Edinburgh inventors create wearable rugby force sensors

The LiveSkin force sensors can be used in traing to measure the impact of tackles. Picture: John Devlin/TSPL

The LiveSkin force sensors can be used in traing to measure the impact of tackles. Picture: John Devlin/TSPL

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A new Internet of Things-inspired rugby sensor system developed in Scotland is set to transform player analysis and recuperation.

Professional rugby players could soon be fitted with wearable Internet of Things (IoT) devices, which monitor how they tackle with their bodies, improve training drills and inform post-injury rehabilitation programmes, thanks to a Scottish start-up company.

Sansible Wearables founders, Jack Ng and Charlie Patterson wearing LiveSkins. Picture: Contributed

Sansible Wearables founders, Jack Ng and Charlie Patterson wearing LiveSkins. Picture: Contributed

Sansible Wearables – founded by Jack Ng, 36, and Charlie Patterson, 26 - have created ‘LiveSkin’ intelligent sensors, which are fitted within players’ shoulder pads to capture data from collisions on the playing field.

The data can then be wirelessly transferred in real-time to a specially designed app that sport coaches, physiotherapists and medics can use to monitor the force exerted by the athletes in a tackle or a scrummage, as well as examine how their bodies recover from injury.

This information can then be used to improve training regimes and rehabilitation programmes to better reflect how players recuperate.

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An example of how the LiveSkin app will look. Picture: Contributed

An example of how the LiveSkin app will look. Picture: Contributed

The devices will be part of the Internet of Things - the ever-growing network of physical objects that feature an IP address for internet connectivity.

The co-founders, who met at Edinburgh University, are confident they’ve found a gap in the sports performance market and the duo are already in discussion with several top rugby clubs who are interested in trialing the prototype.


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Jack Ng, of Sansible Wearables, said: “The big opportunity for wearables is in sport and the timing is right for our product for a number of reasons.

“Firstly, the sector is already embracing the technology, with sports such as football equipping players with devices that monitor their speed, orientation, GPS coordinates and a variety of other data.

“Secondly, what we’re developing is unique. Although wearables are already used in sports, our product is doing something very different: measuring force.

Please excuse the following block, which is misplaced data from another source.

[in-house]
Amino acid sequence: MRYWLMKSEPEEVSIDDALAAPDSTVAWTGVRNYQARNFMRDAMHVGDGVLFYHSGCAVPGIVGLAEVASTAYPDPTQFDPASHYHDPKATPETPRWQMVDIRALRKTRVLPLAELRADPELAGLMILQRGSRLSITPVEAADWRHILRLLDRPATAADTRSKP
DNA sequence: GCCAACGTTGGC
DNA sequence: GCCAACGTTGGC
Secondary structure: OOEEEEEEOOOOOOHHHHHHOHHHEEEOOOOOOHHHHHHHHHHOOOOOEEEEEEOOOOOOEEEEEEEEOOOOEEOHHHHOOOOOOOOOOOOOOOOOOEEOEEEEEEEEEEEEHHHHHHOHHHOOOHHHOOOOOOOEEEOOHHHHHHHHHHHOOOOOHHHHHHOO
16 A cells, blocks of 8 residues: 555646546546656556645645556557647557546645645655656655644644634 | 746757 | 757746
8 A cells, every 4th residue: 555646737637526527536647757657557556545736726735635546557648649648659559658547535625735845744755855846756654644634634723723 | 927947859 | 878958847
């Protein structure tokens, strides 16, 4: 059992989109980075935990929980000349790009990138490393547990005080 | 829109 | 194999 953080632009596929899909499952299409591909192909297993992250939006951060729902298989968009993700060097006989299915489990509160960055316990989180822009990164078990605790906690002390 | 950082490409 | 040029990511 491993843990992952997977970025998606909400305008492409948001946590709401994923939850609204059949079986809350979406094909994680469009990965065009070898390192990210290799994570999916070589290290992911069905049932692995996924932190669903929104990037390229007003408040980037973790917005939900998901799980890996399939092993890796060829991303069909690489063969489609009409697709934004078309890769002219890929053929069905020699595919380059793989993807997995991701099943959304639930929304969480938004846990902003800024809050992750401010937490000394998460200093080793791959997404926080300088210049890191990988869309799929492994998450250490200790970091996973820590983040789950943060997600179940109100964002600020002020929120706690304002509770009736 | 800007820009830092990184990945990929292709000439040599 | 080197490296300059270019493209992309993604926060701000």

“Unsurprisingly, contact sports, like rugby and American football, are the likeliest to adopt it and see the biggest results.”

The technology being constructed by Sansible Wearables can store data and monitor it over time, helping those working with athletes to spot trends and potential areas of concern.

The company is working with several clubs to trial the device, with interest high and a full roll-out planned in 12 - 18 months’ time.

Ng, who lives in Edinburgh and played rugby while at university, hopes the technology will eventually be used by clubs and grassroots sport initiatives alike.

Among the projects he highlighted to support are the RFU’s All Schools programme, which aims to have 1,000,000 children playing rugby by the next World Cup.

Ng said: “As someone who is a technology geek and a rugby nut, I’m very passionate about combining the two together and believe it’s vital to get more young people involved in the sport. I wish they taught rugby at my school in Edinburgh when I was a kid.

“Although we’ll initially be aiming for elite professionals with the LiveSkin, the RFU All Schools programme in England is a great example of an initiative we’d look to support in the future by giving them access to our product. Ultimately, we want the technology to help more people take part in a variety of sports.

Sansible Wearables which is supported by Edinburgh University was one of five winners at the Scottish leg of IoTUK Boost, organised by Scottish Funding Council-backed CENSIS, The Data Lab, the University of Edinburgh’s Informatics Ventures and IoTUK.

It is now undergoing a one-month period of incubation and mentoring, to refine the company’s business model and before seeking funding.

Mark Begbie, Business Development Director at CENSIS, said: “What struck us about Sansible Wearables was the energy and passion of the people involved in the company – they are what really sold the idea. Jack’s love of rugby and grasp of cutting-edge technology shone through and, combined with a revolutionary idea that could be explosive, it proved to be a winning combination. We’re thrilled to be working with such an innovative start-up and believe they have a great future ahead of them.”


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